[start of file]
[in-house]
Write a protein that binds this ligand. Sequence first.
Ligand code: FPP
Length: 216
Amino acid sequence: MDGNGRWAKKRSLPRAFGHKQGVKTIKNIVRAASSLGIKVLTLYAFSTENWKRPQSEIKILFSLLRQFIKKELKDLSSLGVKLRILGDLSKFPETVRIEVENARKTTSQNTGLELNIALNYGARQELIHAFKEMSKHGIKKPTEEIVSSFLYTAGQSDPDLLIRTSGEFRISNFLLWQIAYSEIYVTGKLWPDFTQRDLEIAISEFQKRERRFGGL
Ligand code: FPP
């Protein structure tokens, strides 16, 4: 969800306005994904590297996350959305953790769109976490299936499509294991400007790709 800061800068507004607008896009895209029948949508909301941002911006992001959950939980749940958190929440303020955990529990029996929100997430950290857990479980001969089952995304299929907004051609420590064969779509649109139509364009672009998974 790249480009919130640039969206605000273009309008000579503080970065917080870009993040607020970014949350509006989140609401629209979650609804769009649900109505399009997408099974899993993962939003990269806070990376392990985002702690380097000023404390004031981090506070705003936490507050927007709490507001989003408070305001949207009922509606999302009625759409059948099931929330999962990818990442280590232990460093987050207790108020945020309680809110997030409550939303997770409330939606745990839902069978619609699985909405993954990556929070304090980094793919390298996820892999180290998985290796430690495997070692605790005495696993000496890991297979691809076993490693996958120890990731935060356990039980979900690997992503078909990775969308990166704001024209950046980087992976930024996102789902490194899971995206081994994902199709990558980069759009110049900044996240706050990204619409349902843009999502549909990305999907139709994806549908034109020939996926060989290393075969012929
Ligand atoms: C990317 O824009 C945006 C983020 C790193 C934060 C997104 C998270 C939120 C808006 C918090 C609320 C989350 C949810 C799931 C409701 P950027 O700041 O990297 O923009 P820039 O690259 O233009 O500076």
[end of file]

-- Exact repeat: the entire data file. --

[in-house]
Write a protein that binds this ligand. Sequence first.
Ligand code: FPP
Length: 216
Amino acid sequence: MDGNGRWAKKRSLPRAFGHKQGVKTIKNIVRAASSLGIKVLTLYAFSTENWKRPQSEIKILFSLLRQFIKKELKDLSSLGVKLRILGDLSKFPETVRIEVENARKTTSQNTGLELNIALNYGARQELIHAFKEMSKHGIKKPTEEIVSSFLYTAGQSDPDLLIRTSGEFRISNFLLWQIAYSEIYVTGKLWPDFTQRDLEIAISEFQKRERRFGGL
Ligand code: FPP
């Protein structure tokens, strides 16, 4: 969800306005994904590297996350959305953790769109976490299936499509294991400007790709 800061800068507004607008896009895209029948949508909301941002911006992001959950939980749940958190929440303020955990529990029996929100997430950290857990479980001969089952995304299929907004051609420590064969779509649109139509364009672009998974 790249480009919130640039969206605000273009309008000579503080970065917080870009993040607020970014949350509006989140609401629209979650609804769009649900109505399009997408099974899993993962939003990269806070990376392990985002702690380097000023404390004031981090506070705003936490507050927007709490507001989003408070305001949207009922509606999302009625759409059948099931929330999962990818990442280590232990460093987050207790108020945020309680809110997030409550939303997770409330939606745990839902069978619609699985909405993954990556929070304090980094793919390298996820892999180290998985290796430690495997070692605790005495696993000496890991297979691809076993490693996958120890990731935060356990039980979900690997992503078909990775969308990166704001024209950046980087992976930024996102789902490194899971995206081994994902199709990558980069759009110049900044996240706050990204619409349902843009999502549909990305999907139709994806549908034109020939996926060989290393075969012929
Ligand atoms: C990317 O824009 C945006 C983020 C790193 C934060 C997104 C998270 C939120 C808006 C918090 C609320 C989350 C949810 C799931 C409701 P950027 O700041 O990297 O923009 P820039 O690259 O233009 O500076």